Photo Vault

Happy 73rd Birthday, Pete

Monday is Pete Rose’s 73rd birthday. This week’s Photo Vault is dedicated to the most famous Red ever.
Here’s Pete at age 24.

Pete argues a call in the 1970 World Series.

He was clearly the star of the BRM. I’m assuming those items in Rick Auerbach’s box are bills.

Photo: Focus on Sport/Getty Images

Pete in a 1977 Jockey underwear commercial.

Pete gratuitously (if photogenically) slides head first at home plate against the Cubs during an early-BRM-era game at Wrigley Field.

I like this one mostly for the getups the reporters are wearing. Note poor little Pete, Jr. in the foreground.

Some sort of joke between Pete and Dave Concepcion.

Here’s hit number 2,999 against Steve Rogers of the Expos, May 5, 1978.

Pete joined the Phillies, and a generation of Reds fans cried.

He got to talk to Bryant Gumbel.

And strut around pit road at the 1981 Daytona 500.

And play in another World Series.


He was, of course, brought back to the Reds as player-manager in 1984.

You could call almost anyone from that red phone.

Photo: Ronald C. Modra/Sports Imagery/Getty Images

He set a record.

And was then run out of the game. Forced by his own actions to spend three decades as a sideshow act, outside MLB’s big top. They let him visit from time to time, like this All-Century Team presentation during Game Two of the 1999 World Series.

He wrote a book admitting his sins, then hit the road to promote it – and a betting website.

But largely he was on his own, like this 2010 Steve Garvey Celebrity Softball Game for ALS, where Pete’s pictured with the late Verne Troyer and late Michael Clarke Duncan.

Photo: Michael Kovac/FilmMagic

Of course he posed with Canseco.

Pete now has a new wife, with whom he watches boxing matches.

And sells furniture.

The question, as we contemplate Pete’s latest lap around the Sun, is whether you’ll remember him like this:

Or this:

6 thoughts on “Happy 73rd Birthday, Pete

  1. Fantastic collection. My two favorites were the slide in Wrigley and horsing around in the locker room with Davey. What a great thing to wake up to on a weekend morning.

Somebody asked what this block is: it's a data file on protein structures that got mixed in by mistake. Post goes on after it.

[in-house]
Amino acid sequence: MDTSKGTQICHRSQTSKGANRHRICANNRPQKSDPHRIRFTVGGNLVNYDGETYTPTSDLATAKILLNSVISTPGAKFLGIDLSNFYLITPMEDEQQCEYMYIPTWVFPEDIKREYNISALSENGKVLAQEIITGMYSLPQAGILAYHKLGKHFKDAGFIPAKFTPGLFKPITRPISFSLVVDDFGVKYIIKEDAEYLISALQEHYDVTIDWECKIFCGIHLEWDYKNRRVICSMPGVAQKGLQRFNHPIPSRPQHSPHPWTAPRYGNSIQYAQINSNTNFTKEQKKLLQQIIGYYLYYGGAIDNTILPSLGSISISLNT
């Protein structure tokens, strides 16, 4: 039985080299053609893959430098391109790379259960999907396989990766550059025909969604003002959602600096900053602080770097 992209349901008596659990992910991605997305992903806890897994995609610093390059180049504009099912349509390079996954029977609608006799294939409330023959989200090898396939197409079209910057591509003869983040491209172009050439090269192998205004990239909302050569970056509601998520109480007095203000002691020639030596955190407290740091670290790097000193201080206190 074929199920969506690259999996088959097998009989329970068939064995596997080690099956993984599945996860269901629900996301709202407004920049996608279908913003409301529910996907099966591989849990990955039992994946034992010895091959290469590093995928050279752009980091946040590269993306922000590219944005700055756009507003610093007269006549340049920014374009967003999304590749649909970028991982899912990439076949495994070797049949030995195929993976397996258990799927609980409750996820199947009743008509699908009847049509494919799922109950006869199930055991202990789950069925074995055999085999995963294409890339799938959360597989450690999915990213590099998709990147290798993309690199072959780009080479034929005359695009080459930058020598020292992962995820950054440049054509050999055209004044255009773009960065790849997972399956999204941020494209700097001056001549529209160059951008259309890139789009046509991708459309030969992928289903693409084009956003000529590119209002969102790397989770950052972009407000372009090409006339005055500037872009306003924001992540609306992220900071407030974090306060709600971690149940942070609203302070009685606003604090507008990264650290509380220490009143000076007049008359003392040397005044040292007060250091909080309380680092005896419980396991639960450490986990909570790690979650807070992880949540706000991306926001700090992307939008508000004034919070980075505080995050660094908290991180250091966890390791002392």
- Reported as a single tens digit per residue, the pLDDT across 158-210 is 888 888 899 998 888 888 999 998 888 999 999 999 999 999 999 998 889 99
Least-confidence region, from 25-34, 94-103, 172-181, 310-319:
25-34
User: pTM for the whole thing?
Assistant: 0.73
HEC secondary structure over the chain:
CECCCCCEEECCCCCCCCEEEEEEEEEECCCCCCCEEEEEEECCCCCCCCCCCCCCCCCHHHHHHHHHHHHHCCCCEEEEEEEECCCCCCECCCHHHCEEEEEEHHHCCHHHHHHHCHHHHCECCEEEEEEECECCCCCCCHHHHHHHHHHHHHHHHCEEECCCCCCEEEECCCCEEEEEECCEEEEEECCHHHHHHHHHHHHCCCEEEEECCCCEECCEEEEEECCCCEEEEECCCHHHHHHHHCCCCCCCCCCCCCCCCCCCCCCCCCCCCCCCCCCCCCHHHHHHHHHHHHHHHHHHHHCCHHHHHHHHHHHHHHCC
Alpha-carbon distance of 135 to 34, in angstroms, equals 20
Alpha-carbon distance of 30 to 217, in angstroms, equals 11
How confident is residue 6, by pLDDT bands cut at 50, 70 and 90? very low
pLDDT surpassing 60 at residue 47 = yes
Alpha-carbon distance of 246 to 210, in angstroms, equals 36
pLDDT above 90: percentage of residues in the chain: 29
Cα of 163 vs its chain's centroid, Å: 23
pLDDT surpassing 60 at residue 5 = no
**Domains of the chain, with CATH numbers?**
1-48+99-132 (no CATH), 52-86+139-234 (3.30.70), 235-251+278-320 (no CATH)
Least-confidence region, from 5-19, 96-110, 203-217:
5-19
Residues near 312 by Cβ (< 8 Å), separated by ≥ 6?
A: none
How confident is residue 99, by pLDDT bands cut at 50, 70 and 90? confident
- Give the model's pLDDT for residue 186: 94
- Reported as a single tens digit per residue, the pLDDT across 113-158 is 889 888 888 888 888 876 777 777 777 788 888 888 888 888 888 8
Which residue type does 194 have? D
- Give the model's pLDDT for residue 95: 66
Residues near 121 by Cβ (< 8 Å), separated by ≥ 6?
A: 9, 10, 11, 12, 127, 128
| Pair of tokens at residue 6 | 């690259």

2. Chris, I hold you responsible for the mess created from my spewed, runny eggs this morning when I scrolled down to the Jockey add photo.

    Pete had an ego bigger than Riverfron Stadium (that’s not a negative, just a statement of fact) and he wore that ego in full dislay for the world to see. Unfortunately, Pete could have been a protagonist in a Greek tragedy or a Shakespeare play (and possibly was). His own actions and decisions caused his fall from the highest heights his lowest lows. Pete was (is) his own person and reveled in his me against the world persona.

    I loved Pete the baseball player and I hope that is the Pete I remember when all is said and done. I’m not so sold on Pete the man off the diamond, but he has apparently moved to a comfort level with who he is and what he represents and that matters more than what I think or how I feel about Pete.

  3. Great set of pics, and thanks for posting, but I’m not so sure the “Late Verne Troyer” is Late yet. Pretty sure he is still kickin.

  4. Greatest. Red. Ever.

    Go reread ‘the Machine. On a team full of Hall of Famers and All Stars, Pete was the glue that held that team together. His ‘soft skills’ as a player\manager were undervalued.

  5. I loved the pic set of my name sake. Though the one of the many things I will always remember about Pete is how he put himself out there as someone who never drank or smoked – something he brought up in many postgame interviews. Well coming from someone who has battled his whole life with addictions to all 3 (32 years in AA and 15 years free of personal gambling addiction), I can tell you the one thing I always told myself is that compulsive gambling wasn’t an addiction because I wasn’t sticking anything into my system. Well, tell that to the cops who pulled me over after a couple hour stint at the local casino in the late 90s – because the cops could swear I was on drugs so they got the dogs out to check my vehicle. Only thing is, the drug adrenaline was already in my system and surging through my veins and I was jonesing. So Pete, compulsive gambling is also an addiction and the one thing you taught me is that we all have clay feet. Happy Birthday Pete (4-14-41) – and have many more,

  6. and a happy birthday to you…Pete…You will always be a bright and shining star..God Bless…

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